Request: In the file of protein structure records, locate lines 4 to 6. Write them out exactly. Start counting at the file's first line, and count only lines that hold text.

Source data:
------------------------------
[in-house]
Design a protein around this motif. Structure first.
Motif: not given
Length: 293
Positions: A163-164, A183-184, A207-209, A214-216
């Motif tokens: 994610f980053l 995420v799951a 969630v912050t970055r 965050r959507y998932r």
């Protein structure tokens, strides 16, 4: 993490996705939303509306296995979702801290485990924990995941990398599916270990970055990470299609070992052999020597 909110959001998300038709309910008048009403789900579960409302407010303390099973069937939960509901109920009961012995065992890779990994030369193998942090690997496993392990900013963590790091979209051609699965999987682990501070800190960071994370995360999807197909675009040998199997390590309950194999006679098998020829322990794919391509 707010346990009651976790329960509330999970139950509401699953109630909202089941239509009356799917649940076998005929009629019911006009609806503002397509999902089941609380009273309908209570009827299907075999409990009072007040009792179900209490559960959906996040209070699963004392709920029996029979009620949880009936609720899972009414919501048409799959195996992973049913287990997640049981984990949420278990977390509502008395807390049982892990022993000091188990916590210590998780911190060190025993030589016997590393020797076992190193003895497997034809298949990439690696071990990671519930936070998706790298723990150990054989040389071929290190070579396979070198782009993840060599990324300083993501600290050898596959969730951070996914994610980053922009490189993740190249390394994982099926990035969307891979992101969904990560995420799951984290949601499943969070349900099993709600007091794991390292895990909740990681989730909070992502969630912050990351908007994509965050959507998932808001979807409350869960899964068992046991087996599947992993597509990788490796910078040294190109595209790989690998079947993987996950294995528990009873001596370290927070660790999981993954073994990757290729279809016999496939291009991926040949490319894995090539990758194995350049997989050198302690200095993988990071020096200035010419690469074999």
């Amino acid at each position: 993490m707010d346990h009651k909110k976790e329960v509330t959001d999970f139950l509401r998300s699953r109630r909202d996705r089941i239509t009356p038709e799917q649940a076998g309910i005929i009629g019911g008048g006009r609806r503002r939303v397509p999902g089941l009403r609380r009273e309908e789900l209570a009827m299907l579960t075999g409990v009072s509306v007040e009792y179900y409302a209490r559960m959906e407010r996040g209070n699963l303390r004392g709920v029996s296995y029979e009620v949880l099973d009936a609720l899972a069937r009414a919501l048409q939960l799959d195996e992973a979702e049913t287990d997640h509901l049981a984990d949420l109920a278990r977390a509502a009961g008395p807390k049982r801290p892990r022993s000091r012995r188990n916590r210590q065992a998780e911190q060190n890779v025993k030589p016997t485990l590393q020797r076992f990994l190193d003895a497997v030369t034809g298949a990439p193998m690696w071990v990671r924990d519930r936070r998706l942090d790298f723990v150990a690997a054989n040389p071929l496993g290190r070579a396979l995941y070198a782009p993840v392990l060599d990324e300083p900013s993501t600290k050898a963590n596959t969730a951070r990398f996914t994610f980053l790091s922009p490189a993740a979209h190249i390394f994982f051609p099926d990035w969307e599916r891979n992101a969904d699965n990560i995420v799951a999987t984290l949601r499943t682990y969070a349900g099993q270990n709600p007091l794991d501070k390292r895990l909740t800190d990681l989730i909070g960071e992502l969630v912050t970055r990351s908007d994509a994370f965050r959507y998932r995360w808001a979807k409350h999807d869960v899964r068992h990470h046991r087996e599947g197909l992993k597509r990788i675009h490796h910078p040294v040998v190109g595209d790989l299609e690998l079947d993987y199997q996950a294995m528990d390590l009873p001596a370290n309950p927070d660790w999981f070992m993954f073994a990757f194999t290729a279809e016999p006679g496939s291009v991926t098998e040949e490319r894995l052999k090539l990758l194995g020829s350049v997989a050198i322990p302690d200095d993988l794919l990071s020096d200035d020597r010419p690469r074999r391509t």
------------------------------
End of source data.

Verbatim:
Length: 293
Positions: A163-164, A183-184, A207-209, A214-216
């Motif tokens: 994610f980053l 995420v799951a 969630v912050t970055r 965050r959507y998932r």